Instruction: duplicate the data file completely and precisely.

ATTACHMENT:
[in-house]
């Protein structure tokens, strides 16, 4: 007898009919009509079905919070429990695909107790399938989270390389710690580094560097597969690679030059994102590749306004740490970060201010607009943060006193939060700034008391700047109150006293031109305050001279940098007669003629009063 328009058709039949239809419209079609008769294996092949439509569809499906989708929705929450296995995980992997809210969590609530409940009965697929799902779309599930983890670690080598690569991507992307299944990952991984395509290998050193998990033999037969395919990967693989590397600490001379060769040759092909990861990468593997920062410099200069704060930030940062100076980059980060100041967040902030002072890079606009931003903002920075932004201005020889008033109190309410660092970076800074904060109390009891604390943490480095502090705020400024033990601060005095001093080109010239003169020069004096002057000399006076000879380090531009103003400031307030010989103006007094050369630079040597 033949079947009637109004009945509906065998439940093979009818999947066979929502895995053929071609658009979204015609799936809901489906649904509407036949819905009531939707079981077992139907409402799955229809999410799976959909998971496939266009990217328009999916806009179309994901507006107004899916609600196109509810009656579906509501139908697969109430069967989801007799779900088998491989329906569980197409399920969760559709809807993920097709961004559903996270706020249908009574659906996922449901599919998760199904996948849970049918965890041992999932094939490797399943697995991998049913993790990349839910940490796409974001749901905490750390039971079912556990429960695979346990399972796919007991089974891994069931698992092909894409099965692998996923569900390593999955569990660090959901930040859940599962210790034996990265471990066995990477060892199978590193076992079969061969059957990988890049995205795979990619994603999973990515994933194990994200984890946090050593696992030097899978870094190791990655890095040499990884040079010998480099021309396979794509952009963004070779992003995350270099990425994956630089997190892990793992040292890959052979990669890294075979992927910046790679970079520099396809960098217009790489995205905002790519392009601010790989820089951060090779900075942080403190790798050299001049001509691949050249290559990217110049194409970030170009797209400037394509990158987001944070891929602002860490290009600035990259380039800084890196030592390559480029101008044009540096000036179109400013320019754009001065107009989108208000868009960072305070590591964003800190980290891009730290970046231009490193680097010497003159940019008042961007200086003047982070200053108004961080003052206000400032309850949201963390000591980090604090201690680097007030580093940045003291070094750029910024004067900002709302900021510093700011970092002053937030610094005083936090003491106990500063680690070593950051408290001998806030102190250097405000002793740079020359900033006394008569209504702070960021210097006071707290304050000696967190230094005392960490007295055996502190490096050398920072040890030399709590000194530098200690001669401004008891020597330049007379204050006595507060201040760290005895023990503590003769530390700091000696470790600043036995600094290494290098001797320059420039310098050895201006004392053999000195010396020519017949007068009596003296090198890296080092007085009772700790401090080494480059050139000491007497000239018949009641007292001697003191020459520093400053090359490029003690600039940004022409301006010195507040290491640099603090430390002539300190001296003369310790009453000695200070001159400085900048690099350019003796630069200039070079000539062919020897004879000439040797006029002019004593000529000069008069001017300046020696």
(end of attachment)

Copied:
[in-house]
């Protein structure tokens, strides 16, 4: 007898009919009509079905919070429990695909107790399938989270390389710690580094560097597969690679030059994102590749306004740490970060201010607009943060006193939060700034008391700047109150006293031109305050001279940098007669003629009063 328009058709039949239809419209079609008769294996092949439509569809499906989708929705929450296995995980992997809210969590609530409940009965697929799902779309599930983890670690080598690569991507992307299944990952991984395509290998050193998990033999037969395919990967693989590397600490001379060769040759092909990861990468593997920062410099200069704060930030940062100076980059980060100041967040902030002072890079606009931003903002920075932004201005020889008033109190309410660092970076800074904060109390009891604390943490480095502090705020400024033990601060005095001093080109010239003169020069004096002057000399006076000879380090531009103003400031307030010989103006007094050369630079040597 033949079947009637109004009945509906065998439940093979009818999947066979929502895995053929071609658009979204015609799936809901489906649904509407036949819905009531939707079981077992139907409402799955229809999410799976959909998971496939266009990217328009999916806009179309994901507006107004899916609600196109509810009656579906509501139908697969109430069967989801007799779900088998491989329906569980197409399920969760559709809807993920097709961004559903996270706020249908009574659906996922449901599919998760199904996948849970049918965890041992999932094939490797399943697995991998049913993790990349839910940490796409974001749901905490750390039971079912556990429960695979346990399972796919007991089974891994069931698992092909894409099965692998996923569900390593999955569990660090959901930040859940599962210790034996990265471990066995990477060892199978590193076992079969061969059957990988890049995205795979990619994603999973990515994933194990994200984890946090050593696992030097899978870094190791990655890095040499990884040079010998480099021309396979794509952009963004070779992003995350270099990425994956630089997190892990793992040292890959052979990669890294075979992927910046790679970079520099396809960098217009790489995205905002790519392009601010790989820089951060090779900075942080403190790798050299001049001509691949050249290559990217110049194409970030170009797209400037394509990158987001944070891929602002860490290009600035990259380039800084890196030592390559480029101008044009540096000036179109400013320019754009001065107009989108208000868009960072305070590591964003800190980290891009730290970046231009490193680097010497003159940019008042961007200086003047982070200053108004961080003052206000400032309850949201963390000591980090604090201690680097007030580093940045003291070094750029910024004067900002709302900021510093700011970092002053937030610094005083936090003491106990500063680690070593950051408290001998806030102190250097405000002793740079020359900033006394008569209504702070960021210097006071707290304050000696967190230094005392960490007295055996502190490096050398920072040890030399709590000194530098200690001669401004008891020597330049007379204050006595507060201040760290005895023990503590003769530390700091000696470790600043036995600094290494290098001797320059420039310098050895201006004392053999000195010396020519017949007068009596003296090198890296080092007085009772700790401090080494480059050139000491007497000239018949009641007292001697003191020459520093400053090359490029003690600039940004022409301006010195507040290491640099603090430390002539300190001296003369310790009453000695200070001159400085900048690099350019003796630069200039070079000539062919020897004879000439040797006029002019004593000529000069008069001017300046020696």